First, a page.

Today, October 28, is the 100th birthday of Dr. Jonas Salk, whose 1955 polio vaccine eventually eradicated this crippling disease in the United States. Google is saying thank you to Dr. Salk today through their search engine doodle. Between 13,000 and 20,000 polio cases occurred annually before the vaccine. Within 10 years of Salk’s vaccine, that number dropped to 61 cases a year.
My mother, Judy Travis Hampton, was a polio survivor. She is pictured here with my grandmother, Kathryn Travis. They attended a 1950s era Little Rock basketball game, where fans donated money for polio research.
As a preschooler, Judy woke up one morning and couldn’t move her arm. Alarmed, her mother Kathryn called their physician.
Fearing the contagious nature of polio, the doctor told Kathryn to bring Judy through the back door of his office to avoid other patients. He then confirmed that Judy had polio.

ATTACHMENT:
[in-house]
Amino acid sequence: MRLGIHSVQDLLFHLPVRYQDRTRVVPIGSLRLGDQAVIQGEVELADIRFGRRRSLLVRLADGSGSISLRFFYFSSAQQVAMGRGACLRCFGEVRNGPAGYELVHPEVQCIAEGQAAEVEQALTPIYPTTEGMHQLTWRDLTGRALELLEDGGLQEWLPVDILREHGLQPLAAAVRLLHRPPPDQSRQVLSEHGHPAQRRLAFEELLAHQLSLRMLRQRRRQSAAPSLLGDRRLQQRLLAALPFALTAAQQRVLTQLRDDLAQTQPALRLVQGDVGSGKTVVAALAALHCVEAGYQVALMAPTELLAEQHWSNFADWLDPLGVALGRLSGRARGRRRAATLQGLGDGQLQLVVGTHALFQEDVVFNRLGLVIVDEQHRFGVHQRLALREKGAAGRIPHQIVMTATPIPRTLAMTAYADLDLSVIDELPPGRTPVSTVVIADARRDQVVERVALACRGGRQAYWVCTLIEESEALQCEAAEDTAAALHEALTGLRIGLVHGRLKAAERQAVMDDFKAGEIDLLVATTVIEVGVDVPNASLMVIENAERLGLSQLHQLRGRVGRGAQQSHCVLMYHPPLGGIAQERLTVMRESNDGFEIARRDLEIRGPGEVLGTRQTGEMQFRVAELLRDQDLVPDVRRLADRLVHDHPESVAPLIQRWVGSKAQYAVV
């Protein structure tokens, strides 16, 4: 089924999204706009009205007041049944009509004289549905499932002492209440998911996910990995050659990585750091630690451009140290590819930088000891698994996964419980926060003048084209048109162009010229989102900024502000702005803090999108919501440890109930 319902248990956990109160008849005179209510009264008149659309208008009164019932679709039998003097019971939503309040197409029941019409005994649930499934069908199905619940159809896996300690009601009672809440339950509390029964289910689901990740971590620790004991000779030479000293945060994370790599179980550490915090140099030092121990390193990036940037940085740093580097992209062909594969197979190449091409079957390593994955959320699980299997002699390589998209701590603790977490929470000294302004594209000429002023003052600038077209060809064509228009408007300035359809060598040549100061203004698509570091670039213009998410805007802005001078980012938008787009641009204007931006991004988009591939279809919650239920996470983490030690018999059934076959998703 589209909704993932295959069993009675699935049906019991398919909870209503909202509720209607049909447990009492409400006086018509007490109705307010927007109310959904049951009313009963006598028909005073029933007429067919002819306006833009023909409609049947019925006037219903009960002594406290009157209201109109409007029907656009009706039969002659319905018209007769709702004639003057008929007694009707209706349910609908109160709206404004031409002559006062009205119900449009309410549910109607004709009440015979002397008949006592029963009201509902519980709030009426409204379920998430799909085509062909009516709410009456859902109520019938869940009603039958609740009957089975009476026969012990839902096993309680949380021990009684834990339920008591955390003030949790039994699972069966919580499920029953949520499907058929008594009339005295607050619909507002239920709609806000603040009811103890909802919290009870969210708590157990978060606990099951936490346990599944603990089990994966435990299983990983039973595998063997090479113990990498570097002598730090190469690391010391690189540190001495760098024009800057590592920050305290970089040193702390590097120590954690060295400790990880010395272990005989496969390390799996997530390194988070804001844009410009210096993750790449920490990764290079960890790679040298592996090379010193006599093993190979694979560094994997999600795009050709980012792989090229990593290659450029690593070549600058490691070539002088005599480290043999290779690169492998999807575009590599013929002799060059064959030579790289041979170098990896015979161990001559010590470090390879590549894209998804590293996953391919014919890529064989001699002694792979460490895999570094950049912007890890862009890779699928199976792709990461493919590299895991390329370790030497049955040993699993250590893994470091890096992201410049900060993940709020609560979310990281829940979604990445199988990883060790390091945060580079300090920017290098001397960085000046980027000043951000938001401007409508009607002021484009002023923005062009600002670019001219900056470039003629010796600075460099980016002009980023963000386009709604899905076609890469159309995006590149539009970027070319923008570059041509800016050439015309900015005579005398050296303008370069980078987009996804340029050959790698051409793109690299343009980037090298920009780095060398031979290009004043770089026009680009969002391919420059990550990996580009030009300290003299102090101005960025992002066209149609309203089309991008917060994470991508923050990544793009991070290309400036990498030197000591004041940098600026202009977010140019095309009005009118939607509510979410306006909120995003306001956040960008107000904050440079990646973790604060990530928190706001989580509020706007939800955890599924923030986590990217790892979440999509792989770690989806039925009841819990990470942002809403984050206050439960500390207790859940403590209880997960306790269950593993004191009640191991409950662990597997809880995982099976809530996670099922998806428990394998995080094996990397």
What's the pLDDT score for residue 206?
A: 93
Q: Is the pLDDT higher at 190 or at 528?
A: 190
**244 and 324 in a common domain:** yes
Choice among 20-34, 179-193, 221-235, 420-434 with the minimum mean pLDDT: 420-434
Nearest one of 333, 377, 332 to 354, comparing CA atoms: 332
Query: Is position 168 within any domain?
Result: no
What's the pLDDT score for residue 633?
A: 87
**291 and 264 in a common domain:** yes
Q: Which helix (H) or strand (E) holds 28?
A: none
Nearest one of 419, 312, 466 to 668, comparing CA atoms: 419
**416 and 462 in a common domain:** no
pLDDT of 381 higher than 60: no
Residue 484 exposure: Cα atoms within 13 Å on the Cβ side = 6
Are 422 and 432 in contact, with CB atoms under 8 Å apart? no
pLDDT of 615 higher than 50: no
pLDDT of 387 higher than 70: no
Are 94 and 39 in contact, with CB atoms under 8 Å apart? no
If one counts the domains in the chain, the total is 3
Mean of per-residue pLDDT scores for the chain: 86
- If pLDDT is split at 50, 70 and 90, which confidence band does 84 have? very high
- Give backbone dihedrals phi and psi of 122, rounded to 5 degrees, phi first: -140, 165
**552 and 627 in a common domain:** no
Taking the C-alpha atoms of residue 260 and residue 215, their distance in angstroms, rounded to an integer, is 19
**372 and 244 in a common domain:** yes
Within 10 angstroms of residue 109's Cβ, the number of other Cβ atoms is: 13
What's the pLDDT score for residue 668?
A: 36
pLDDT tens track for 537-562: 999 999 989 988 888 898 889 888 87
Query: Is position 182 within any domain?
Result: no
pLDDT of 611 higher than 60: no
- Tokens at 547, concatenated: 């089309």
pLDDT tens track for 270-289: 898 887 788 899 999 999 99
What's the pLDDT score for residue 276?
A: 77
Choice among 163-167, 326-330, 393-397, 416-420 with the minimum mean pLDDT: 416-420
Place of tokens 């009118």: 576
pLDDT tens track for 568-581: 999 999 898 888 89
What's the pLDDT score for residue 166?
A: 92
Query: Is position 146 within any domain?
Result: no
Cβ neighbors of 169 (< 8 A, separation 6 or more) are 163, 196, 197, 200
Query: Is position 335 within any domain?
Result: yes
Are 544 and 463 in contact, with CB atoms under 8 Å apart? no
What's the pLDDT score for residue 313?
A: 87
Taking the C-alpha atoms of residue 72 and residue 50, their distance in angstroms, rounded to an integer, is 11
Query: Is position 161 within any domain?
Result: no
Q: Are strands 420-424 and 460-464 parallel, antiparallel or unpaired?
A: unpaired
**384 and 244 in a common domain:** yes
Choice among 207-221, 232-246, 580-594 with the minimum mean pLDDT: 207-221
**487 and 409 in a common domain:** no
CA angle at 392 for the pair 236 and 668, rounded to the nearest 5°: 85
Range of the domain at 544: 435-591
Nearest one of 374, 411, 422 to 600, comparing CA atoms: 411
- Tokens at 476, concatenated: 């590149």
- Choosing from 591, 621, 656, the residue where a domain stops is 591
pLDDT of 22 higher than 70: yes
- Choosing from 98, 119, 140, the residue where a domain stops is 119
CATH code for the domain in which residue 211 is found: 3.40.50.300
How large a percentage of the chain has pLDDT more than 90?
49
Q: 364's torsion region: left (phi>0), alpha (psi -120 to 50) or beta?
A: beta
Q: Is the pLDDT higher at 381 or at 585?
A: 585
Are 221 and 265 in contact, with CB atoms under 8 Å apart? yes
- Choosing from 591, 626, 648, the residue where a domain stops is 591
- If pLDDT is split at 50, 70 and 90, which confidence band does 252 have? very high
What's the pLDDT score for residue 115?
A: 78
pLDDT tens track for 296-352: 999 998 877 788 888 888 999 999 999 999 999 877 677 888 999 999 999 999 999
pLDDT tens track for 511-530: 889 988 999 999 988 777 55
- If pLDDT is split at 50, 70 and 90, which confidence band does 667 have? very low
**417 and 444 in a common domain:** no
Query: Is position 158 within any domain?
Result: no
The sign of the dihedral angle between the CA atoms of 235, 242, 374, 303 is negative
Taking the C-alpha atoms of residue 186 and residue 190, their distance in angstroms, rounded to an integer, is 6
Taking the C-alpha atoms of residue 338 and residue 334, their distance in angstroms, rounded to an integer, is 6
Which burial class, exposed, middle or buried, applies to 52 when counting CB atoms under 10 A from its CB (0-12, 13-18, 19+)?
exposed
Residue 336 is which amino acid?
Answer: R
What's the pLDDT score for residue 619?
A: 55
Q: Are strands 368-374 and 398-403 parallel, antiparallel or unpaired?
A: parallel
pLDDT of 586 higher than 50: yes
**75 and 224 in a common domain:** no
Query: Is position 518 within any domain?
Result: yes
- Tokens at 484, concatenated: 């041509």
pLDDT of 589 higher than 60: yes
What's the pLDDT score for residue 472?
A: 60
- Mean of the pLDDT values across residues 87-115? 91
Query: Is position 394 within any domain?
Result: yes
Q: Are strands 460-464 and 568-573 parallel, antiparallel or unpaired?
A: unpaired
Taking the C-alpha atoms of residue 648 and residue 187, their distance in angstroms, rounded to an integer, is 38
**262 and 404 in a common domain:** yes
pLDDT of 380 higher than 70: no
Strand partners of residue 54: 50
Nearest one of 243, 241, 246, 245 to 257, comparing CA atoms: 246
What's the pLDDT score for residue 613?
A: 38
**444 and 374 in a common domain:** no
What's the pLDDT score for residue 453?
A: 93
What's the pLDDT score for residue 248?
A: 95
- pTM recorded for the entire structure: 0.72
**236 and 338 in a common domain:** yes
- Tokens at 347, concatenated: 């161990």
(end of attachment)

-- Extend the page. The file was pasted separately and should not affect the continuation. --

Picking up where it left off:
Enduring bed confinement and quarantine, she eventually resumed normal activities while also attending physical therapy sessions at the local pool. Though she couldn’t lift her right arm above elbow-level, she went on to live a normal, productive life and became a teacher, wife, mother, and avid quilter. She was lucky. Some polio survivors, such as President Franklin Roosevelt, were unable to walk.
In May 2014, Judy died of Parkinson’s, a debilitating disease that affects the central nervous system, the same system that polio targeted. Her Parkinson’s case was likely worse and more aggressive because of the damage left by polio.
Earlier this month, Ann Romney, the wife of former Massachusetts Governor and presidential candidate Mitt Romney, announced the Ann Romney Center for Neurological Diseases at Brigham and Women’s Hospital in Boston. This work is important. America needs another “Jonas Salk” to find more effective treatments and cures for diseases such as Parkinson’s, Alzheimer’s, and Multiple Sclerosis, and brain cancer.